I bite my lip, running my fingers across the glass jars, feeling them whimper. Aren't I a better person for this? I never lash out at people. I never have to cry. I don't even have to slow down to deal with it all. Maybe it would even be worth the money...
No, there has to be another way. My eyes are drawn to the center shelf, which holds the few dangerously-mixed jars. I step closer to inspect one of them. Though it shouts and shakes, it has sat there for an entire year with no change. I pick it up to inspect it closer. The pressure gauge reads higher than the others. If I was able to purge this much and the bottle didn't break... perhaps the bottles can handle more than I thought.
The first smile of the day breaks over my face. Sure Dr. Thomas, I can release the emotions. I'll just do it my own way.
I grab a new jar and an old one, hoping that age might have dispelled some pressure. Placing the old one on the floor and kneeling besides, I perform familiar operations on the mechanized lid, sliding the pressure lock and then flipping up the nozzle. The bottle hisses, but before it can release too much, I flip the new one, hit its button, and shove the two together.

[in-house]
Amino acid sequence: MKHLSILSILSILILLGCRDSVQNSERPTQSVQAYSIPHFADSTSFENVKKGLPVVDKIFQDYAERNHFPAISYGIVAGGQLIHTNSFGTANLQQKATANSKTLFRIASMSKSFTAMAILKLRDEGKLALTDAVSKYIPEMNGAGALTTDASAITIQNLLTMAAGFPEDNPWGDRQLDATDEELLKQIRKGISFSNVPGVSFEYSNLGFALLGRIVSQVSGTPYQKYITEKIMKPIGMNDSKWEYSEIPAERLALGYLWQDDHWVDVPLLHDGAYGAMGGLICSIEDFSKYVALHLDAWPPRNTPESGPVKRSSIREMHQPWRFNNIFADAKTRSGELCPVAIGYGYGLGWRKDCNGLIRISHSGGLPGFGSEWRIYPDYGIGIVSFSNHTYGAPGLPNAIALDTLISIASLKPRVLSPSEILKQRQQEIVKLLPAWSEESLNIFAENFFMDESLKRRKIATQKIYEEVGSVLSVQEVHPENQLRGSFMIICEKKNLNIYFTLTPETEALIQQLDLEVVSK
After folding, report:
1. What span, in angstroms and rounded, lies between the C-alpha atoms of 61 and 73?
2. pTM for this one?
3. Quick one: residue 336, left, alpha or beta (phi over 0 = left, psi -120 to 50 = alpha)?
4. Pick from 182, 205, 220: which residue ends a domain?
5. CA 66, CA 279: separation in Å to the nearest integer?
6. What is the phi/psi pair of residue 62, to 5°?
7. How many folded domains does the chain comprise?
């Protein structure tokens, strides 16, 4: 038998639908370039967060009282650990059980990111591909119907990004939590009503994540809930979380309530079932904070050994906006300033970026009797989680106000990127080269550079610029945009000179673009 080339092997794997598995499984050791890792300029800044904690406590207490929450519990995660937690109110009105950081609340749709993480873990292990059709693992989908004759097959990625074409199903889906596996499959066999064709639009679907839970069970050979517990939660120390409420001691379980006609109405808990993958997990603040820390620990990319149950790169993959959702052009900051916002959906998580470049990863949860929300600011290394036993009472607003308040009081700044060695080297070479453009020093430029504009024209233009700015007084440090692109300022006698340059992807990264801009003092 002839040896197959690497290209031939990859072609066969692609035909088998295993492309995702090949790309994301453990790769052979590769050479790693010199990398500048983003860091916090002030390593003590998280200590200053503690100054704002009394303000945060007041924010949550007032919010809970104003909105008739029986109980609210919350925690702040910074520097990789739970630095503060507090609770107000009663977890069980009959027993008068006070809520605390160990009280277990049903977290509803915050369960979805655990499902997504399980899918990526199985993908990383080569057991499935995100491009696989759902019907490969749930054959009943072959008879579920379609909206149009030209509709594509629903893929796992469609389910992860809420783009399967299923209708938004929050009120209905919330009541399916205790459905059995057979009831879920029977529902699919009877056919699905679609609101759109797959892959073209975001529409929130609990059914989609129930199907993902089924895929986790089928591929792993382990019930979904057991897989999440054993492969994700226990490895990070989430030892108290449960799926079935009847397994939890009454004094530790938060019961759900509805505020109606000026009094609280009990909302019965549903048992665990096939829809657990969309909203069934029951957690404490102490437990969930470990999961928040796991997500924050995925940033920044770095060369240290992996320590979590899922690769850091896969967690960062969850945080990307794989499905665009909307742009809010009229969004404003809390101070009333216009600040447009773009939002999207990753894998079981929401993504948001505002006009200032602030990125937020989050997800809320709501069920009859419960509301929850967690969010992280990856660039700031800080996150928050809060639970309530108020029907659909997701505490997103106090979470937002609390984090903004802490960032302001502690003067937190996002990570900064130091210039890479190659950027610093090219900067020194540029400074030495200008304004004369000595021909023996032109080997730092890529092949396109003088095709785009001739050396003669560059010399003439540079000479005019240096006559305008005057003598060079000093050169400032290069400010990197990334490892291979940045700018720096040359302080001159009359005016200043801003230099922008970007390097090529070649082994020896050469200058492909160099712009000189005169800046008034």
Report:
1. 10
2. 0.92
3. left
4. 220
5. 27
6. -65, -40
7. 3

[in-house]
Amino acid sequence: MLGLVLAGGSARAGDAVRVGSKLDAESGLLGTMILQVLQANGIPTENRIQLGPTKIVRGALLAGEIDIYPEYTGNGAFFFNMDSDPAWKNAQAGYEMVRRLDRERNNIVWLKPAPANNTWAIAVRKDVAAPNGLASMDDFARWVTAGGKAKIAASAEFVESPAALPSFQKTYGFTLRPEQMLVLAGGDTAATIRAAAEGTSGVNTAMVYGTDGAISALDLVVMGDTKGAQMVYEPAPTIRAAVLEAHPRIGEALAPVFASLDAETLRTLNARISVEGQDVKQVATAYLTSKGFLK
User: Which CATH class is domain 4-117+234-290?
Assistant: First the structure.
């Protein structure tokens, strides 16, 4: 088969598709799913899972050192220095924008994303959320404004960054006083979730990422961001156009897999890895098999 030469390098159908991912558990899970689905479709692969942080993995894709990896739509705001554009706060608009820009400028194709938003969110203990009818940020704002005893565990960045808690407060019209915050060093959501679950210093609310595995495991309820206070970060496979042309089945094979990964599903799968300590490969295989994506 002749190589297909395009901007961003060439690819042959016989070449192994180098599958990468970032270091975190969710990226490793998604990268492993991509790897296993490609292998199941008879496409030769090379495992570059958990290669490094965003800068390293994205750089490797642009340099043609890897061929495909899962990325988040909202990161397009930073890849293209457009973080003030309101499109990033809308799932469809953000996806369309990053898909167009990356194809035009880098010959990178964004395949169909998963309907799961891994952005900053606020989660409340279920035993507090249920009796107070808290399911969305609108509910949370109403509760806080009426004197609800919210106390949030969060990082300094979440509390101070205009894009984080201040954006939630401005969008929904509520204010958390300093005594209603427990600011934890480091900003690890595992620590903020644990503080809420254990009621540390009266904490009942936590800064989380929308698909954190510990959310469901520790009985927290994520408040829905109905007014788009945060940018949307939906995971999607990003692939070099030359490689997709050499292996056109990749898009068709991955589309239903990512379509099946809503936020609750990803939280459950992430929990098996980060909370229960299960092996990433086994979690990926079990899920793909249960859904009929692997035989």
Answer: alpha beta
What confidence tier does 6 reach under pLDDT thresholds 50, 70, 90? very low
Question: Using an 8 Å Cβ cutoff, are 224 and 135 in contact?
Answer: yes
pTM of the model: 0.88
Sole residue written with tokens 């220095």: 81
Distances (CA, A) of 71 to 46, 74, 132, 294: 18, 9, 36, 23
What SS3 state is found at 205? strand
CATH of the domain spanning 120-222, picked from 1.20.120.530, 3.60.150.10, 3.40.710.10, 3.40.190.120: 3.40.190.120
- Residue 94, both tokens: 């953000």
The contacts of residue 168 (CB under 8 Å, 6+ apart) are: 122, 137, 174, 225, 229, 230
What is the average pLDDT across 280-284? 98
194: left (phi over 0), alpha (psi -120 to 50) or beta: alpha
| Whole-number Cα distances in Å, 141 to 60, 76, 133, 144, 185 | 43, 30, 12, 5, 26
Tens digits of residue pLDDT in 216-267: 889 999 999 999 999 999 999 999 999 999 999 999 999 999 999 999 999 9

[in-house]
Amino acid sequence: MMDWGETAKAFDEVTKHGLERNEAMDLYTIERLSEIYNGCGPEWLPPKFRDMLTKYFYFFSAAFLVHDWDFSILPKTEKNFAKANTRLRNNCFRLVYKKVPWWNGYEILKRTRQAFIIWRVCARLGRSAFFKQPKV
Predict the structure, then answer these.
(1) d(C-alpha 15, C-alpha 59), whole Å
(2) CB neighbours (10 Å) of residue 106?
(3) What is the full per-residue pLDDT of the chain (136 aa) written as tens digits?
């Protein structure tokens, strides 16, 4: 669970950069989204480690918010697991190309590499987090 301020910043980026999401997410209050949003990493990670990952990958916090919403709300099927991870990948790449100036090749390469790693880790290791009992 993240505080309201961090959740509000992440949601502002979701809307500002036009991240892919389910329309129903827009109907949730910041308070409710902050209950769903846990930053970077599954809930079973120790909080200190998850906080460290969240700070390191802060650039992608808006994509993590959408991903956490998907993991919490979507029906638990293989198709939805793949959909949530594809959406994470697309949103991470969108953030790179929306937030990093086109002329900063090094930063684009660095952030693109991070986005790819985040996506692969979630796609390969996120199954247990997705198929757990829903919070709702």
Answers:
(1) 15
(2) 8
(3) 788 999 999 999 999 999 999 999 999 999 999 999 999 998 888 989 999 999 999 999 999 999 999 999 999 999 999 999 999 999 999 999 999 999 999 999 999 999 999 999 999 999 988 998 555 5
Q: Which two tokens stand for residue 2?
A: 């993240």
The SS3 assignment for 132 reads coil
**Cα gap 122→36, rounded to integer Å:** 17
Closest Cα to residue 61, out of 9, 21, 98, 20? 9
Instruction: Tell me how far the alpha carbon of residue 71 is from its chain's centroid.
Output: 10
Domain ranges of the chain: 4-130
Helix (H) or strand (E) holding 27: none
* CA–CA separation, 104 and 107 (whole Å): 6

An angry noise bursts from the impact, but I hold the jars together with resolute determination. The yell sputters into a whimper, and then there's a hiss of what I hope is the clouds fusing together.
It only takes a minute until the hissing has quieted down enough that I think I've succeeded. I shake my head with a little laugh, feeling foolish. To think that I had assumed the jars had a maximum level. The advertisers only said that to make people buy more products. I wasn't an addict after all, I was just an innocent customer being taken advantage of. Funny that they thought they could fool me when—